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Convergent evolution is the independent
The opposite of convergence is divergent evolution, where related species evolve different traits. Convergent evolution is similar to parallel evolution, which occurs when two independent species evolve in the same direction and thus independently acquire similar characteristics; for instance, gliding frogs have evolved in parallel from multiple types of tree frog.
Many instances of convergent evolution are known in
In morphology, analogous traits arise when different species live in similar ways and/or a similar environment, and so face the same environmental factors. When occupying similar ecological niches (that is, a distinctive way of life) similar problems can lead to similar solutions. The British anatomist Richard Owen was the first to identify the fundamental difference between analogies and homologies.
In biochemistry, physical and chemical constraints on
In his 1989 book
In cladistics, a homoplasy is a trait shared by two or more
In some cases, it is difficult to tell whether a trait has been lost and then re-evolved convergently, or whether a gene has simply been switched off and then re-enabled later. Such a re-emerged trait is called an atavism. From a mathematical standpoint, an unused gene (selectively neutral) has a steadily decreasing probability of retaining potential functionality over time. The time scale of this process varies greatly in different phylogenies; in mammals and birds, there is a reasonable probability of remaining in the genome in a potentially functional state for around 6 million years.
Parallel vs. convergent evolution
When two species are similar in a particular character, evolution is defined as parallel if the ancestors were also similar, and convergent if they were not.[b] Some scientists have argued that there is a continuum between parallel and convergent evolution, while others maintain that despite some overlap, there are still important distinctions between the two.
When the ancestral forms are unspecified or unknown, or the range of traits considered is not clearly specified, the distinction between parallel and convergent evolution becomes more subjective. For instance, the striking example of similar placental and marsupial forms is described by Richard Dawkins in The Blind Watchmaker as a case of convergent evolution, because mammals on each continent had a long evolutionary history prior to the extinction of the dinosaurs under which to accumulate relevant differences.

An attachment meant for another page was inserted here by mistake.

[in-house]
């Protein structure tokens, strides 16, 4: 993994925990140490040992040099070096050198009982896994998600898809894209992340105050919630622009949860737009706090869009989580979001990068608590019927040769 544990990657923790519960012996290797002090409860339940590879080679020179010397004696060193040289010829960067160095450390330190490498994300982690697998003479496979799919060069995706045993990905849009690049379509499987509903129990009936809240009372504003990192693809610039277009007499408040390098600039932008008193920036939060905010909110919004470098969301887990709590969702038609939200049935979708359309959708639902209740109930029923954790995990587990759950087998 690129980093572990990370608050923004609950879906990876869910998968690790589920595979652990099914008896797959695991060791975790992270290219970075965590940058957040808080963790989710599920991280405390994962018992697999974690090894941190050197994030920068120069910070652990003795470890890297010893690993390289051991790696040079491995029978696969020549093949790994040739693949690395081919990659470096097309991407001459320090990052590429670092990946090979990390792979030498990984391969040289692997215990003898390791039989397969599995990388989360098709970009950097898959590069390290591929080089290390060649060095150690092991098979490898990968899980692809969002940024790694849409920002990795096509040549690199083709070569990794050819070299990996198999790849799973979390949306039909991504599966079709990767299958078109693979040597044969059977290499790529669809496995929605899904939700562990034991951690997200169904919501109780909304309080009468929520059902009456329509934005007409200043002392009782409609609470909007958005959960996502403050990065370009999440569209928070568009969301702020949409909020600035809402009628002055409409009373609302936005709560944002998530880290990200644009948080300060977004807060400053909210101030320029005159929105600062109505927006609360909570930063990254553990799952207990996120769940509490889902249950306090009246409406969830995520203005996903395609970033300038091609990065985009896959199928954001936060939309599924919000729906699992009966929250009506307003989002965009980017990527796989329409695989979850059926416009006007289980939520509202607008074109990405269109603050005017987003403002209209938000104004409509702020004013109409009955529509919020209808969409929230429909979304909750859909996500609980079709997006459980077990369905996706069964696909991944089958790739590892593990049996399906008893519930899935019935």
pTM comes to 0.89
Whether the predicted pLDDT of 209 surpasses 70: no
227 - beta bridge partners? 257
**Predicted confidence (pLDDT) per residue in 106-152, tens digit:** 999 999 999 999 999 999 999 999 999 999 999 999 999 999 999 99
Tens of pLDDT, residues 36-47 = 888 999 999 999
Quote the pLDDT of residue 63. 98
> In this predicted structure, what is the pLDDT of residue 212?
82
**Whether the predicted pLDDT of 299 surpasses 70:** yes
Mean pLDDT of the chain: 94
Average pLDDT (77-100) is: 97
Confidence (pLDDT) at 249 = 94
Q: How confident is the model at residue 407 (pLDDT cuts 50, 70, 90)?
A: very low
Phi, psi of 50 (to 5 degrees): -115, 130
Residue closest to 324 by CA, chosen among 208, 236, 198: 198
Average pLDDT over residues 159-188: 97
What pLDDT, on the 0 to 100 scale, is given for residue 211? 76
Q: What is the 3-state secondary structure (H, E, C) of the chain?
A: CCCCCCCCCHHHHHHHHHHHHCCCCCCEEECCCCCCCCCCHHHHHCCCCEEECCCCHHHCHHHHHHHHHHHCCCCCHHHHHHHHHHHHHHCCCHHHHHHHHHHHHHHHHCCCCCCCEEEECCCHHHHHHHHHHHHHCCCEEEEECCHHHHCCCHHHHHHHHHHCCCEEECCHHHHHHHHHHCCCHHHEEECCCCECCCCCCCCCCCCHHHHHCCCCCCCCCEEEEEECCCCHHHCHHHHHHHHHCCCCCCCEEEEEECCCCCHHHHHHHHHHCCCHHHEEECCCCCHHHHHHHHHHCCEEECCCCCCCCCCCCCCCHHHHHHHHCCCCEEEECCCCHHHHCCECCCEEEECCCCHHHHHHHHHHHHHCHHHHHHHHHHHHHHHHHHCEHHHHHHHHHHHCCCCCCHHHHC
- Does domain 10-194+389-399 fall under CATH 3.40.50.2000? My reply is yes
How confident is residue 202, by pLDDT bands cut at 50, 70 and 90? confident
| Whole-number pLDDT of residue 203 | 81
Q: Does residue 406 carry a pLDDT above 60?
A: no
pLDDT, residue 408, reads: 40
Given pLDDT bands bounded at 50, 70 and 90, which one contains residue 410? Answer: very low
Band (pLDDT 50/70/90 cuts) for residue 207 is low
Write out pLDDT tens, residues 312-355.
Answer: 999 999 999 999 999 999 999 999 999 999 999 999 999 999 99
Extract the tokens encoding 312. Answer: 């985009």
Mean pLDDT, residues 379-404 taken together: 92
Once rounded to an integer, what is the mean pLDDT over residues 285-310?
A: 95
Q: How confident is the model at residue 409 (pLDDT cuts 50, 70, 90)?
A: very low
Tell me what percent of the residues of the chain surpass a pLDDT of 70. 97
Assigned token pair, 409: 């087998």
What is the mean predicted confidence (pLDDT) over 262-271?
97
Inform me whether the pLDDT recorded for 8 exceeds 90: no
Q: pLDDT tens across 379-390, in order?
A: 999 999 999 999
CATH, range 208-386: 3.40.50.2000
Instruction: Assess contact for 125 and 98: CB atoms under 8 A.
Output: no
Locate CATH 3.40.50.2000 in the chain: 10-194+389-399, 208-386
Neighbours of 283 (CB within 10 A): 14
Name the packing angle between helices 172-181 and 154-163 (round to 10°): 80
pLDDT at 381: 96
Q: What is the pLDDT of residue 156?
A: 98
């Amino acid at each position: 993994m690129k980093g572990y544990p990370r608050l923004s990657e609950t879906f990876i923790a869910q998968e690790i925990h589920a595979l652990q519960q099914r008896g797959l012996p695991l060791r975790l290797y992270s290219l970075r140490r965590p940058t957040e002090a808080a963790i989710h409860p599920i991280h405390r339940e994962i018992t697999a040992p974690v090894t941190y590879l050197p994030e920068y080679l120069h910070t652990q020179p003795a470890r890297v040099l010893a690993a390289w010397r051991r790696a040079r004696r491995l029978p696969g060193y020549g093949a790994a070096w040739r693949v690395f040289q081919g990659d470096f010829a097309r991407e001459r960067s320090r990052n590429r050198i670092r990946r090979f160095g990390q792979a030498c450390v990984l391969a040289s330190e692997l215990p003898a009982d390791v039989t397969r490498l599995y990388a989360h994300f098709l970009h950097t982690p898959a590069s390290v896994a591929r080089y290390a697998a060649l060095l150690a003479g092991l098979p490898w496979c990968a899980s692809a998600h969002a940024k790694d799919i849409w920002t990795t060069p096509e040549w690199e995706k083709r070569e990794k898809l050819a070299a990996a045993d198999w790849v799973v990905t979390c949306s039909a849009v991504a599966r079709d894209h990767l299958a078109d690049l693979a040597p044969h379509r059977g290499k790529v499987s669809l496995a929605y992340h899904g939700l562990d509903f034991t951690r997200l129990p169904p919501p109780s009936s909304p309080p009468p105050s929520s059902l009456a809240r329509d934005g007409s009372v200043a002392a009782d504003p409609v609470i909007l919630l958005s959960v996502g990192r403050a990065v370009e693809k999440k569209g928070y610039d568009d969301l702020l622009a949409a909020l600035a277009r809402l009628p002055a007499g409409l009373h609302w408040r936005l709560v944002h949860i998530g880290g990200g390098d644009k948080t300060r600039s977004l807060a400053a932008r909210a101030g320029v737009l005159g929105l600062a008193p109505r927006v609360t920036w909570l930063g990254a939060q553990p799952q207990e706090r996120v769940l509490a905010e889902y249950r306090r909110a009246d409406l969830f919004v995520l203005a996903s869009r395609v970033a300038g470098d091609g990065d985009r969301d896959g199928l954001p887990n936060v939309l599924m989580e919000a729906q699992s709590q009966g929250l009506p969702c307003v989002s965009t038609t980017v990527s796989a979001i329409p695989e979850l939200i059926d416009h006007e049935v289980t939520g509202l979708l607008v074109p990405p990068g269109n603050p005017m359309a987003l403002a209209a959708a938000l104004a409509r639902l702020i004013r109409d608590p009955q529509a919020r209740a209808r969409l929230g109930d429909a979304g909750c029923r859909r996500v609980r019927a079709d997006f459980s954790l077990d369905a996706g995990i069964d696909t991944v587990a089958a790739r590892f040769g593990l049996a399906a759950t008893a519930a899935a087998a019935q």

At molecular level
Protease active sites
Serine and cysteine proteases use different amino acid functional groups (alcohol or thiol) as a
Cone snail and fish insulin, fish-like bacterial copper/zinc superoxide dismutase
Conus geographus produces a distinct form of insulin that is more similar to fish insulin protein sequences than to insulin from more closely related molluscs, suggesting convergent evolution. Although convergent evolution is not impossible in this example, the possibility of horizontal gene transfer cannot be ignored, and it provides the only reasonable explanation of the fish-like copper/zinc superoxide dismutase of Photobacterium leiognathi.
Ferrous iron uptake via protein transporters in land plants and chlorophytes
Distant homologues of the metal ion transporters
Na+,K+-ATPase and Insect resistance to cardiotonic steroids
Many examples of convergent evolution exist in insects in terms of developing resistance at a molecular level to toxins. One well-characterized example is the evolution of resistance to cardiotonic steroids (CTSs) via amino acid substitutions at well-defined positions of the α-subunit of
Convergence occurs at the level of
In animal morphology
Swimming animals including
The marsupial fauna of Australia and the placental mammals of the Old World have several strikingly similar forms, developed in two clades, isolated from each other.
As a sensory adaptation,
The Gymnotiformes of South America and the Mormyridae of Africa independently evolved passive electroreception (around 119 and 110 million years ago, respectively). Around 20 million years after acquiring that ability, both groups evolved active electrogenesis, producing weak electric fields to help them detect prey.
Gymnotiform electrolocation waveform
A gymnotiform electric fish of South America
A mormyrid electric fish of Africa
Mormyrid electrolocation waveform
One of the best-known examples of convergent evolution is the camera eye of cephalopods (such as squid and octopus), vertebrates (including mammals) and cnidaria (such as jellyfish). Their last common ancestor had at most a simple photoreceptive spot, but a range of processes led to the progressive refinement of camera eyes — with one sharp difference: the cephalopod eye is "wired" in the opposite direction, with blood and nerve vessels entering from the back of the retina, rather than the front as in vertebrates. As a result, cephalopods lack a blind spot.